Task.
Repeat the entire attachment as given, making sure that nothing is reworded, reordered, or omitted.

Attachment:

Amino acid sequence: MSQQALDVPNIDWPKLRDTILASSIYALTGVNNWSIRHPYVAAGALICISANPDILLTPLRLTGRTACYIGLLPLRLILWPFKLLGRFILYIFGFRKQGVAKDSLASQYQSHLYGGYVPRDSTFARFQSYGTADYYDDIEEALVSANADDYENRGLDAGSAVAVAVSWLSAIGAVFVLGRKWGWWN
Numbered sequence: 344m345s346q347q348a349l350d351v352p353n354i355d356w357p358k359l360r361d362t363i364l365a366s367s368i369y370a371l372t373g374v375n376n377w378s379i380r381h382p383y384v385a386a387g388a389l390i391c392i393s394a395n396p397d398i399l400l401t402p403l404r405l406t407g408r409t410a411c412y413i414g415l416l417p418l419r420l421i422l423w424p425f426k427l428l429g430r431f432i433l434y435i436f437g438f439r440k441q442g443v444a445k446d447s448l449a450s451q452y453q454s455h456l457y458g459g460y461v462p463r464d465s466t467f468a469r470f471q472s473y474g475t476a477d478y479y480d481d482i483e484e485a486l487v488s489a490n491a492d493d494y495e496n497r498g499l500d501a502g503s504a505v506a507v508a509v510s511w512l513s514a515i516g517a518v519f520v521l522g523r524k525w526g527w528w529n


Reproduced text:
Amino acid sequence: MSQQALDVPNIDWPKLRDTILASSIYALTGVNNWSIRHPYVAAGALICISANPDILLTPLRLTGRTACYIGLLPLRLILWPFKLLGRFILYIFGFRKQGVAKDSLASQYQSHLYGGYVPRDSTFARFQSYGTADYYDDIEEALVSANADDYENRGLDAGSAVAVAVSWLSAIGAVFVLGRKWGWWN
Numbered sequence: 344m345s346q347q348a349l350d351v352p353n354i355d356w357p358k359l360r361d362t363i364l365a366s367s368i369y370a371l372t373g374v375n376n377w378s379i380r381h382p383y384v385a386a387g388a389l390i391c392i393s394a395n396p397d398i399l400l401t402p403l404r405l406t407g408r409t410a411c412y413i414g415l416l417p418l419r420l421i422l423w424p425f426k427l428l429g430r431f432i433l434y435i436f437g438f439r440k441q442g443v444a445k446d447s448l449a450s451q452y453q454s455h456l457y458g459g460y461v462p463r464d465s466t467f468a469r470f471q472s473y474g475t476a477d478y479y480d481d482i483e484e485a486l487v488s489a490n491a492d493d494y495e496n497r498g499l500d501a502g503s504a505v506a507v508a509v510s511w512l513s514a515i516g517a518v519f520v521l522g523r524k525w526g527w528w529n